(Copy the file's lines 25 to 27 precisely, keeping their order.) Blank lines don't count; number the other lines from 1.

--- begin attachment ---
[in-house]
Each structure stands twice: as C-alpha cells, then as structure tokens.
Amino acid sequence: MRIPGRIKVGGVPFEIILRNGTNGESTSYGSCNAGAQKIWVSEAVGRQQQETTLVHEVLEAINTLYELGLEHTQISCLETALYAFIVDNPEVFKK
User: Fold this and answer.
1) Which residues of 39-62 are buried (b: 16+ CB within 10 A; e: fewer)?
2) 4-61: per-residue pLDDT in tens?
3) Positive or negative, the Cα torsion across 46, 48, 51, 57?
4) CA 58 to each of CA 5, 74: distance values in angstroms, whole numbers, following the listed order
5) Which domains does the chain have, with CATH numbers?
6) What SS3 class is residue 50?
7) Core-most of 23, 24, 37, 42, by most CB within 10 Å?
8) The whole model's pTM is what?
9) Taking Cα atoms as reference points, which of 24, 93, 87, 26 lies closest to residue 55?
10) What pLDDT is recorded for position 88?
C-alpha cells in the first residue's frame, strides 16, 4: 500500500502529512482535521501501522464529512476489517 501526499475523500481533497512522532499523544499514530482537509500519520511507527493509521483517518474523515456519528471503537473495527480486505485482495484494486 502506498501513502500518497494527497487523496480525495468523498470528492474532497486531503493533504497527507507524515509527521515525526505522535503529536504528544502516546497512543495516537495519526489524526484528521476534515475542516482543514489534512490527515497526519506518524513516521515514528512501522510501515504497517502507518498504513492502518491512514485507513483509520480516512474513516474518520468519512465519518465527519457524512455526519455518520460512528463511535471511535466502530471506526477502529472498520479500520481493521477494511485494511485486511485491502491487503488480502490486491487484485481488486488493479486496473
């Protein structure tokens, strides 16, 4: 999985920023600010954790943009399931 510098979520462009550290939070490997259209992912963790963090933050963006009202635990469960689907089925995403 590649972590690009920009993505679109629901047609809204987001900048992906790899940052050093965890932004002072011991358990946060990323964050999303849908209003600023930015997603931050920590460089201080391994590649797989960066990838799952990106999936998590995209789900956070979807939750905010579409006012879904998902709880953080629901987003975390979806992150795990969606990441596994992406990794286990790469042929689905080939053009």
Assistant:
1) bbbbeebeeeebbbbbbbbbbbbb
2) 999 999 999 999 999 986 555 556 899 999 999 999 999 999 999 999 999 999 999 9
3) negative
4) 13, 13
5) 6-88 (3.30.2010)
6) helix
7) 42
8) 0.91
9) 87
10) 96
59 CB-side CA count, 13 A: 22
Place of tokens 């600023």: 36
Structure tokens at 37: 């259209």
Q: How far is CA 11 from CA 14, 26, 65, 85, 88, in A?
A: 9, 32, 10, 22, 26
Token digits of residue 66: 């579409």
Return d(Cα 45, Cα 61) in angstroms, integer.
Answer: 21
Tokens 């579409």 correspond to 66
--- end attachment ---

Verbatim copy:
8) 0.91
9) 87
10) 96